USACE’s Albuquerque District Hosts Tribal Nations Open House, Talks Big Policy Updates

The U.S. Army Corps of Engineers-Albuquerque District held a Tribal Nations Open House at the Indian Pueblo Cultural Center here, June 25.

More than 30 representatives from 18 different Tribal Nations attended the event, which focused on strengthening partnerships and providing updates about recent policy changes and how USACE can apply those updates to better support Tribal Nations.

Lt. Col. Jerre Hansbrough, commander, USACE-Albuquerque District, speaks during a Tribal Nations Open House at the Indian Pueblo Cultural Center in Albuquerque, New Mexico, June 25, 2024.
Lt. Col. Jerre Hansbrough, commander, USACE-Albuquerque District, speaks during a Tribal Nations Open House at the Indian Pueblo Cultural Center in Albuquerque, New Mexico, June 25, 2024. COURTESY PHOTO

A point of emphasis for the open house was to talk about recent changes to USACE’s Tribal Consultation Policy, which was updated in December of 2023 to include authorization for USACE to do cultural resource protection work under the Tribal Partnership Program.

advertisement

“I’m excited about some pretty major changes within the Corps of Engineers to our policy and our guidance across our different programs that will affect our delivery, in what I would say are very positive ways toward service to Tribal Nations,” said Jeremy Decker, tribal liaison, USACE-Albuquerque District.

Some other key USACE policy updates include a new requirement for every district across the Corps of Engineers to have a tribal liaison on staff, changes to the Tribal Partnership Program cost-share waiver distribution, and guidance regarding early consultation with Tribes.

Chris Zayas (right), acequia program manager, USACE-Albuquerque District, speaks with a participant during a Tribal Nations Open House at the Indian Pueblo Cultural Center in Albuquerque, New Mexico, June 25, 2024
Chris Zayas (right), acequia program manager, USACE-Albuquerque District, speaks with a participant during a Tribal Nations Open House at the Indian Pueblo Cultural Center in Albuquerque, New Mexico, June 25, 2024. COURTESY PHOTO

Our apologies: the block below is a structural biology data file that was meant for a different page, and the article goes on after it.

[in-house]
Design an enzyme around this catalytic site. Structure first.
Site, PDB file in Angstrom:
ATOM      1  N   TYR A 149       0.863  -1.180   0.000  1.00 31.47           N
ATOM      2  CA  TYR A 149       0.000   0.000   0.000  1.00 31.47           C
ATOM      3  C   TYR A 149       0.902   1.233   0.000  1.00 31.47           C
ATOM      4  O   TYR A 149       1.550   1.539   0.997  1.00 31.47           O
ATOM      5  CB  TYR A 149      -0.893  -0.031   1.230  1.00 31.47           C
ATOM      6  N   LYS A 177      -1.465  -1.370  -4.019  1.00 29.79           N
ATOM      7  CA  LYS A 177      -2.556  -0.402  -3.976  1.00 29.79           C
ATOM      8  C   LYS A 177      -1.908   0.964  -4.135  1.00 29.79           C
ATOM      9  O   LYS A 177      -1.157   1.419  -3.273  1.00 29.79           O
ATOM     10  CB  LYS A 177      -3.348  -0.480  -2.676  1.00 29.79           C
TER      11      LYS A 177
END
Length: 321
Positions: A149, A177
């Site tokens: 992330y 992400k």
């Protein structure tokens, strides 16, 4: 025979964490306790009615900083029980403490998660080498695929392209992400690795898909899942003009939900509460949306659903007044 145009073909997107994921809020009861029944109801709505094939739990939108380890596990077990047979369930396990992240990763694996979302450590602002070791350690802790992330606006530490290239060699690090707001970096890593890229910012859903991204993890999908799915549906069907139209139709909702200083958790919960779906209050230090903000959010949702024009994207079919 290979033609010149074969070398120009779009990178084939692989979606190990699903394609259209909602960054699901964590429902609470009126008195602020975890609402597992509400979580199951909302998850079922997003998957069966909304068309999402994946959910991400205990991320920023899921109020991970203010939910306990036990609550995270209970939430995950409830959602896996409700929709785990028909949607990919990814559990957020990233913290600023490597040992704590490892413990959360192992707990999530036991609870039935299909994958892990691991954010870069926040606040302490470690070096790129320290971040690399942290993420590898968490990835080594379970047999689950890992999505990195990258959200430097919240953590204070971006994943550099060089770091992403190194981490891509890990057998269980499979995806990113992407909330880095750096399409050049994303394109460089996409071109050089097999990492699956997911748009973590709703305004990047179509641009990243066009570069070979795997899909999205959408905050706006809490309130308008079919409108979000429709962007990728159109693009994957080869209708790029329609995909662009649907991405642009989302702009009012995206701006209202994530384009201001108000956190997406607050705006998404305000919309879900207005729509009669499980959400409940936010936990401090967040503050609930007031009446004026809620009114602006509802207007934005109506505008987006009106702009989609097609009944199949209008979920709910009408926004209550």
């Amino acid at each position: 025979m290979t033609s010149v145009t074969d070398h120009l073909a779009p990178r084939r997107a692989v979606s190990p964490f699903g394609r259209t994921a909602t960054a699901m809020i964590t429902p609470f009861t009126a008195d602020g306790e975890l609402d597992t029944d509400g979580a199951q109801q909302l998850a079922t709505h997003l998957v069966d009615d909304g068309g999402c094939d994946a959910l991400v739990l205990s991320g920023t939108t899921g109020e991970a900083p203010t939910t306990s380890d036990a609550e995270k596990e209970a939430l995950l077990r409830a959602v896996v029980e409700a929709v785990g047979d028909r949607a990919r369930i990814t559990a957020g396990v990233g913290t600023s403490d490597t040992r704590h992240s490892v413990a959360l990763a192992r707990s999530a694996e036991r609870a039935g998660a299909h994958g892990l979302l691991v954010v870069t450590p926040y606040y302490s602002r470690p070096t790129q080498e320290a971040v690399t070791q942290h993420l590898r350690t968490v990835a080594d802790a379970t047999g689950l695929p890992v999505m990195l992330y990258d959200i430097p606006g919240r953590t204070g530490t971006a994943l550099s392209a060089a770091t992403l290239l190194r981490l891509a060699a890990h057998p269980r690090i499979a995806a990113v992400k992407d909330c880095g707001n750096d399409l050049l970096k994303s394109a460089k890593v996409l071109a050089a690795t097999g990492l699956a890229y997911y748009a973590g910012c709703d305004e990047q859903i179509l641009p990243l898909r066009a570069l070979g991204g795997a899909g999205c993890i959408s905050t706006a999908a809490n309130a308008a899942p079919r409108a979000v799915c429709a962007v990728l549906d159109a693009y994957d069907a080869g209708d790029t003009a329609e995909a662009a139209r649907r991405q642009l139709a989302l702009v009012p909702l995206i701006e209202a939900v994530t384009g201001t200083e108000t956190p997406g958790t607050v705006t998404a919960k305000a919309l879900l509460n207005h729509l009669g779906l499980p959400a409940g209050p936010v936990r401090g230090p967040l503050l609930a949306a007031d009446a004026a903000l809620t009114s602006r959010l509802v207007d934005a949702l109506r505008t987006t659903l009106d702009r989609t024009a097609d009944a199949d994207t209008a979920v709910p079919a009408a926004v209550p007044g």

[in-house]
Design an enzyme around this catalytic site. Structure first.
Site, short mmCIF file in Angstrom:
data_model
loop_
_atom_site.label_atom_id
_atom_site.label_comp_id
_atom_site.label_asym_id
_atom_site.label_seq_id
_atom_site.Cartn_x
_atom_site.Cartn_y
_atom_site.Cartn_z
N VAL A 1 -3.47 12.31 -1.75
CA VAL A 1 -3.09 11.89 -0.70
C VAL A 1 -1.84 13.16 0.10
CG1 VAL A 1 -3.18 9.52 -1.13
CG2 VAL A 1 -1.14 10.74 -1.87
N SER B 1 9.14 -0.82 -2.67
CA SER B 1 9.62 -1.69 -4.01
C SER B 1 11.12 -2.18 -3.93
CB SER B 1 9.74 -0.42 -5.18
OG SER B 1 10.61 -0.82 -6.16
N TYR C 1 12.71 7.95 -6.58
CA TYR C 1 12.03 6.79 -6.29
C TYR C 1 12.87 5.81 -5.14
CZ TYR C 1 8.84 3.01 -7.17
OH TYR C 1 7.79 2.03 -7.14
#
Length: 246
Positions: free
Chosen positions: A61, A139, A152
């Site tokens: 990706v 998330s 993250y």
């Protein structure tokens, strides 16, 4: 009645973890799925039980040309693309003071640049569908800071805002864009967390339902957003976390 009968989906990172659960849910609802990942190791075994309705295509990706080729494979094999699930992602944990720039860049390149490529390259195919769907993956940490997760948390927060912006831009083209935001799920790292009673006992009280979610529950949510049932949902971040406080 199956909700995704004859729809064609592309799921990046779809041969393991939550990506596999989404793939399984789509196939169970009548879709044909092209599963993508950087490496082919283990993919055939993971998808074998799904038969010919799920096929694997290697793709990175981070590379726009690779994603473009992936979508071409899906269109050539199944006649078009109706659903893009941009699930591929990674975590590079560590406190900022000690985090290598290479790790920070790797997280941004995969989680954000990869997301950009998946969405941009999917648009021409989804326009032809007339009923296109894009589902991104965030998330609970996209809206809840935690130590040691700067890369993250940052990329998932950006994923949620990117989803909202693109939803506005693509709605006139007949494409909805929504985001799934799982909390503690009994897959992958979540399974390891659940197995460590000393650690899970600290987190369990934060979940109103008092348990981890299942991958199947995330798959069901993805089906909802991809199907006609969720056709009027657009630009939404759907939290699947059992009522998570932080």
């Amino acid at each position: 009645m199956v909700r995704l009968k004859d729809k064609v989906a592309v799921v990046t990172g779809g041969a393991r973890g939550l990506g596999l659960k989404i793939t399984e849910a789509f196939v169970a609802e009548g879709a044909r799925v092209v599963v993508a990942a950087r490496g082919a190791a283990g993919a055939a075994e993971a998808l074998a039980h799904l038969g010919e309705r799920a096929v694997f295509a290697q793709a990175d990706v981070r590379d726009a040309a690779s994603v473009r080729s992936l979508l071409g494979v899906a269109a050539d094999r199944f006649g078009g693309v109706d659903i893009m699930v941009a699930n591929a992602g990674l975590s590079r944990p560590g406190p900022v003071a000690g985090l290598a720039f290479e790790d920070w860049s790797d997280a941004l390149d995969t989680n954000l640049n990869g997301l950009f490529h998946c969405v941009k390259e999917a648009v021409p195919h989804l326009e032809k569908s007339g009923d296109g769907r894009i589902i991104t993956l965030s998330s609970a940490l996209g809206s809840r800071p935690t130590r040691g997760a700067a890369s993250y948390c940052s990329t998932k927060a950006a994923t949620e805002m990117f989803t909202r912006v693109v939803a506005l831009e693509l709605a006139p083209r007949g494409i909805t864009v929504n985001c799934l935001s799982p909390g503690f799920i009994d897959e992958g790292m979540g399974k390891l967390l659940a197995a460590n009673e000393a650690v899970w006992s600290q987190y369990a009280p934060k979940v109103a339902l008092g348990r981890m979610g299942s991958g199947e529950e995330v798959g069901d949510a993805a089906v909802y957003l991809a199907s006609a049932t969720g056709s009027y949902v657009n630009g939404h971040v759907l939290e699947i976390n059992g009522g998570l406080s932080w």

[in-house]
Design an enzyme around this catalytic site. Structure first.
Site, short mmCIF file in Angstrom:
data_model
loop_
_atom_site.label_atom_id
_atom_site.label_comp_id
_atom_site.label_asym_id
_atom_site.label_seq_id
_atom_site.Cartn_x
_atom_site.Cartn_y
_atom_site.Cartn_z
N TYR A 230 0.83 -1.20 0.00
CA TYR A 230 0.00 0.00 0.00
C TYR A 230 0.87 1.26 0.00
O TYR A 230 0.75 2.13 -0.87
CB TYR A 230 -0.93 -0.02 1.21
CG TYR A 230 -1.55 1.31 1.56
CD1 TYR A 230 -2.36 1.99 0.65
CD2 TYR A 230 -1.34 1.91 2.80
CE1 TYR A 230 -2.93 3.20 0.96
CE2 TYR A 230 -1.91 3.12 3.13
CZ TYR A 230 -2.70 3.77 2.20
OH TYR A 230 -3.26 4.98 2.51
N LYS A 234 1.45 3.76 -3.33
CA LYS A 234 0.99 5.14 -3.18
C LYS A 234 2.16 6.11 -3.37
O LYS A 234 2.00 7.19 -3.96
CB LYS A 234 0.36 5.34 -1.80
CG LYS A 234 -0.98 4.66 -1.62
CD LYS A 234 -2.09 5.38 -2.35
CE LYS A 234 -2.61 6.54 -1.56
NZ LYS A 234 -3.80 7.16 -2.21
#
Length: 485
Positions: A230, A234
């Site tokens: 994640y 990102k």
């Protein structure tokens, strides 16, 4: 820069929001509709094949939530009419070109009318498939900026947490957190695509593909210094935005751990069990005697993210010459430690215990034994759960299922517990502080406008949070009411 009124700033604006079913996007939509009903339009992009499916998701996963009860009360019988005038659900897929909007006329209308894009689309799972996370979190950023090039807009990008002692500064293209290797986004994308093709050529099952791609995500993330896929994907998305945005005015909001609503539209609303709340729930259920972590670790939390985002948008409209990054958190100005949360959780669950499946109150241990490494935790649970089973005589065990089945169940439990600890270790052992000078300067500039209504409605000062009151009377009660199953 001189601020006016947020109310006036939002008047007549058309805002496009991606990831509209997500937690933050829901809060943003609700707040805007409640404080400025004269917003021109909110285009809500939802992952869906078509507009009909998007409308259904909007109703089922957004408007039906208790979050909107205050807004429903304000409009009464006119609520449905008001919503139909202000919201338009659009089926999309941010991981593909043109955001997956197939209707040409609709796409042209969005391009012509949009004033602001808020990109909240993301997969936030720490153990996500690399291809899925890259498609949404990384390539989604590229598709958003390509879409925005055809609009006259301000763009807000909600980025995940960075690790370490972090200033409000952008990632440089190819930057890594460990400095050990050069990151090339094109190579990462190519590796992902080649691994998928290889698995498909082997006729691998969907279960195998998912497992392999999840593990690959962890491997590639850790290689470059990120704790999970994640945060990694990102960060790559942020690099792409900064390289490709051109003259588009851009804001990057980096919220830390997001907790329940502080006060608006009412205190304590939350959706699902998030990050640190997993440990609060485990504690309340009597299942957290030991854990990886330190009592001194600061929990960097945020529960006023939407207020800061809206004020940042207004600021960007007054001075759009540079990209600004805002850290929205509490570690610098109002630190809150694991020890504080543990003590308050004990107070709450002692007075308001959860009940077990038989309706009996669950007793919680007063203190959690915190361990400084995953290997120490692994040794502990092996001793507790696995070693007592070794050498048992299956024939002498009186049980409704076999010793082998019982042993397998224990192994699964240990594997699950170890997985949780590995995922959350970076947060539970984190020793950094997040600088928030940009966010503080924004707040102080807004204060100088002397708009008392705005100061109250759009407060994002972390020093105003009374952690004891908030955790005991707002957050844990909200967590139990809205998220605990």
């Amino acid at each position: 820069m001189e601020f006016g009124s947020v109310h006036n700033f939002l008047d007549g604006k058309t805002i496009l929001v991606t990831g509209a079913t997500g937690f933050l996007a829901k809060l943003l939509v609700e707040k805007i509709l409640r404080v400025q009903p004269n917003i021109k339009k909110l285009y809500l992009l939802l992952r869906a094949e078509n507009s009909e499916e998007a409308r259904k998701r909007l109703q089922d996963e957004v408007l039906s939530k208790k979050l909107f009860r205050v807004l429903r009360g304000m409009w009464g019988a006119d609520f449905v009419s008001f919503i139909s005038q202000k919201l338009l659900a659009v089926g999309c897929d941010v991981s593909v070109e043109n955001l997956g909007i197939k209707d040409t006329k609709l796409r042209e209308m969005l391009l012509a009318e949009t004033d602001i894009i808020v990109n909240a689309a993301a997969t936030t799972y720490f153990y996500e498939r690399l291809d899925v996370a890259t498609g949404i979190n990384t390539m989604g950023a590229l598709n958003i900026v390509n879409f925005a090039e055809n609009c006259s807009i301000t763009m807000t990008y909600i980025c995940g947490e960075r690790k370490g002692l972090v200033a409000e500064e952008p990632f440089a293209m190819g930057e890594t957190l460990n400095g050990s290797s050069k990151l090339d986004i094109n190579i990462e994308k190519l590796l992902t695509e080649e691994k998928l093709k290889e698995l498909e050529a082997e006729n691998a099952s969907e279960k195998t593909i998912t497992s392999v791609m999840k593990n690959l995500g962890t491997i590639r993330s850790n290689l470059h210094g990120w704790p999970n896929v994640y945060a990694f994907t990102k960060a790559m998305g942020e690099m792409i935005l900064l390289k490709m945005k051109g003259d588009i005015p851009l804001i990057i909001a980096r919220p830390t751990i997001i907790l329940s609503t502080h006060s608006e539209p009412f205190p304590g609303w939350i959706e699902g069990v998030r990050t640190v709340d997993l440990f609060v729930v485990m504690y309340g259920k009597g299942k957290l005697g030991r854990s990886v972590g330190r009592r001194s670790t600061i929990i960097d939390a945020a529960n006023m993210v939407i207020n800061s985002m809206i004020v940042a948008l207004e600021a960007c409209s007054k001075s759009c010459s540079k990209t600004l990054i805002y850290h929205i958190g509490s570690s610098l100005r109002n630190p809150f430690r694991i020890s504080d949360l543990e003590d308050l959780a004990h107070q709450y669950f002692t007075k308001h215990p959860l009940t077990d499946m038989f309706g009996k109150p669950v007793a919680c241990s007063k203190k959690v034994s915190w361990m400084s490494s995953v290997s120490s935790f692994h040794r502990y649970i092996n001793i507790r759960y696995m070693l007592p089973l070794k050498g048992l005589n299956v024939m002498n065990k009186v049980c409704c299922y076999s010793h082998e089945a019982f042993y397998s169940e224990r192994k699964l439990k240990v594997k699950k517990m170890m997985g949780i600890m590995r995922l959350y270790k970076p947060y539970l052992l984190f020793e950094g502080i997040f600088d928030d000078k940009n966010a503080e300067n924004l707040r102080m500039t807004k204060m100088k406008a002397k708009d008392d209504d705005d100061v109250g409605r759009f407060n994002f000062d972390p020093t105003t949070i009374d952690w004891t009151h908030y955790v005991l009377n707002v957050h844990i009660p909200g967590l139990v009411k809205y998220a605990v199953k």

“There were a series of listening sessions in 2022 and 2023, where all 574 federally recognized tribes were invited to provide input so policy makers could better understand what issues tribes are having and how to improve collaboration,” Decker said.

“It’s the start of what I’m hoping is a larger culture change within the agency,” he said. “There is a much greater emphasis on speaking with tribes and doing more than just on-the-site coordination, but really collaborating and consulting from the start in a way that’s helpful and meaningful.”

Jeremy Decker, tribal liaison, USACE-Albuquerque District, speaks during a Tribal Nations Open House at the Indian Pueblo Cultural Center in Albuquerque, New Mexico, June 25, 2024.
Jeremy Decker, tribal liaison, USACE-Albuquerque District, speaks during a Tribal Nations Open House at the Indian Pueblo Cultural Center in Albuquerque, New Mexico, June 25, 2024. COURTESY PHOTO

During the event, Tribal Nations participants had an opportunity to meet with USACE-Albuquerque District representatives from several functional areas including Civil Works, Emergency Management, Environmental, Contracting, Regulatory, and the Tribal Nations Technical Center of Expertise.

The opportunity to talk with subject matter experts directly was helpful for participants to seek information about their unique challenges, said Rosanna Jumbo-Fitch, Navajo Nation Chinle Chapter President.

advertisement

“We had a recent emergency flooding event just last year in Chinle so we’ve been working closely with the Corps and their Advance Measures response and also their flood mitigation technical assistance,” Jumbo-Fitch said. “The reason why we came here is to further review what additional options are available. We’re mainly interested in the Civil Works Division and what we can do to eliminate the risk of severe flooding.”

Rosanna Jumbo-Fitch, Navajo Nation Chinle Chapter President, speaks with USACE-Albuquerque District personnel during a Tribal Nations Open House at the Indian Pueblo Cultural Center in Albuquerque, New Mexico, June 25, 2024.
Rosanna Jumbo-Fitch, Navajo Nation Chinle Chapter President, speaks with USACE-Albuquerque District personnel during a Tribal Nations Open House at the Indian Pueblo Cultural Center in Albuquerque, New Mexico, June 25, 2024. COURTESY PHOTO

“Hearing the presentations is good because we did get a lot of information about what programs could apply to our projects,” Jumbo-Fitch said. “But working with the booths is really interesting because they have the experts that can give more specific guidance toward what programs we can apply for, so the opportunity to talk more one-on-one with those people is a great benefit.”

USACE-Albuquerque District intends to do more open house events in future to keep Tribal Nations informed of new policy updates and to further facilitate early collaboration and communication.